Rethinking development finance: a review of the Finance in Common Summit
In November 2020, for the first time ever over 450 public development banks (PDBs) came together for the Finance in Common Summit to discuss their post-COVID19 recovery plans. Hosted by France, the Summit took place amid deepening public health, political, social,economic and environmental crises. ESCR-Net members and allies raised alarm over the Summit’s initial total disregard of human rights, as well as its failure to meaningfully include the participation of impacted communities, indigenous peoples and civil society organizations in the main events and critical decision making.
Guided by members of the Economic Policy Working Group, ESCR-Net partnered with the Coalition for Human Rights in Development (CHRD) to mobilize pressure on the Summit organizers, demanding the inclusion of human rights and robust participation of indigenous peoples and other resisting communities in discussions and decisions with profound impacts on their lives. This would entail a paradigm shift in the way banks operate, becoming much more transparent and democratic, embracing formal and substantive equality, and prioritizing common public good over vested corporate interests. In an opinion piece prior to the Summit, a cross-regional group of ESCR-Net members called on public development banks to interrogate their practices and “reimagine development finance” as part of just, equitable and sustainable recovery initiatives, concluding: “This is a matter of political will – of governments and public development banks that already have the responsibility to eradicate poverty, not intensify it. The question is not whether our economies can afford to change, but whether the earth and humanity can afford the status quo.”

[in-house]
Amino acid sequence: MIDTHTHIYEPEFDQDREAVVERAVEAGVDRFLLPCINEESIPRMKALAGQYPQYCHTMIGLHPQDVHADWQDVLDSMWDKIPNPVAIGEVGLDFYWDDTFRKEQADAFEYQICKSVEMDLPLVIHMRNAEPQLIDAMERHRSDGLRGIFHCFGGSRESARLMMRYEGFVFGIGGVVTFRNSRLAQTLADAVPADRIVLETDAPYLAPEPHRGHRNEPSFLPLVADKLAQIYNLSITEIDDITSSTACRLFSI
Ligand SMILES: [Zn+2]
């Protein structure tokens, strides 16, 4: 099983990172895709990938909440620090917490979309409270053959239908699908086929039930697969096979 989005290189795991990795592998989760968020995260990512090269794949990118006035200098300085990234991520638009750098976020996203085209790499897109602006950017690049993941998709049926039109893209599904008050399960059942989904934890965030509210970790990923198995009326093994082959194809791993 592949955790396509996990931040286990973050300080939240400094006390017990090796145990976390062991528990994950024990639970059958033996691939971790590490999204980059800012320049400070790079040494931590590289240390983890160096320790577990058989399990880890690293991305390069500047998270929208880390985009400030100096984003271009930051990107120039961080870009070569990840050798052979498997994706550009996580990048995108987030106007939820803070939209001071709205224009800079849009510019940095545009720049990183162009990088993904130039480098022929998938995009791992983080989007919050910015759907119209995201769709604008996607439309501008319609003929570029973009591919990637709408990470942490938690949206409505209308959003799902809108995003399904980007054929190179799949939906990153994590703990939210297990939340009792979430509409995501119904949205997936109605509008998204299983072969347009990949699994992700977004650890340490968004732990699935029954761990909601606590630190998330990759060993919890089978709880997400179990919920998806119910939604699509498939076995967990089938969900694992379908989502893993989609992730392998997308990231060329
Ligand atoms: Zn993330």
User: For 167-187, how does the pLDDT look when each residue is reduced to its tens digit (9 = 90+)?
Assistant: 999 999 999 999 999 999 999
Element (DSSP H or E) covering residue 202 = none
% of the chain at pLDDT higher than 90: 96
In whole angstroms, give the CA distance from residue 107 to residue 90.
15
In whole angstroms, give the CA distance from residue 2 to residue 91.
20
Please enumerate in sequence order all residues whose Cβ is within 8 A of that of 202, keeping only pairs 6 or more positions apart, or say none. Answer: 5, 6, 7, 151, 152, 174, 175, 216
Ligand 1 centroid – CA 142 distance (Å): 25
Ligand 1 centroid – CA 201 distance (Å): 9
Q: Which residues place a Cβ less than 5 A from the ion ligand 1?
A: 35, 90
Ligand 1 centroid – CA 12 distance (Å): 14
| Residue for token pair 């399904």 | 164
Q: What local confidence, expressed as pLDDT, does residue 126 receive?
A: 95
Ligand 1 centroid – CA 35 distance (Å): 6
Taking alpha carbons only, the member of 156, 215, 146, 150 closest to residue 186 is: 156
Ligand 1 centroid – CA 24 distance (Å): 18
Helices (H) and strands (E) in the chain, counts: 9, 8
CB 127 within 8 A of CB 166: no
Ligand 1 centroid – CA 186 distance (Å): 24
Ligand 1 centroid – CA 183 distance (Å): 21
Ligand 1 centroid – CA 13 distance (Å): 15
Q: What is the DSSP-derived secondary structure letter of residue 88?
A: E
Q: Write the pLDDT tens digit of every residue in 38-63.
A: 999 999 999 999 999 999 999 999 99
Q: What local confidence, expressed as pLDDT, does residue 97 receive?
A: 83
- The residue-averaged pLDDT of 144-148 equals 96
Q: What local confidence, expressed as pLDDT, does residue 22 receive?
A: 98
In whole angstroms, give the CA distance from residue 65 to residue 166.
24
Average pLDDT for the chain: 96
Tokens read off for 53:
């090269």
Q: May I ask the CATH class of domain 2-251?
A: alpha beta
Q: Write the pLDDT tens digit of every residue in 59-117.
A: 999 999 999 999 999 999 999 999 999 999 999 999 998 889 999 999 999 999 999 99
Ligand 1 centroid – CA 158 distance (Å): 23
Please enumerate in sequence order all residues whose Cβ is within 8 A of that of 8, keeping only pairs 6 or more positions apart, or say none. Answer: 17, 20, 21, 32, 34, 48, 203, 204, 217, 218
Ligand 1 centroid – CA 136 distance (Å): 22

ESCR-Net helped to coordinate a series of advocacy interventions which prompted a brief but unsatisfactory mention in the final joint declaration of the Summit,t that “particular attention will be paid to community-led development and the respect of the rights of indigenous people,” as well as reference to women’s rights and related human rights principles like transparency, equality and social inclusion.
A promising outcome of this advocacy was the consolidation of a more coordinated group of movements and civil society organizations, shaping common demands for a transformed financial system.
Building on this advocacy at the Finance in Common Summit and demands articulated in ESCR-Net’s Global Call to Action in response to COVID-19, members of the Economic Policy Working Group will be intervening in the upcoming 2021 World Bank-IMF Spring Meetings (22 March -11 April 2021).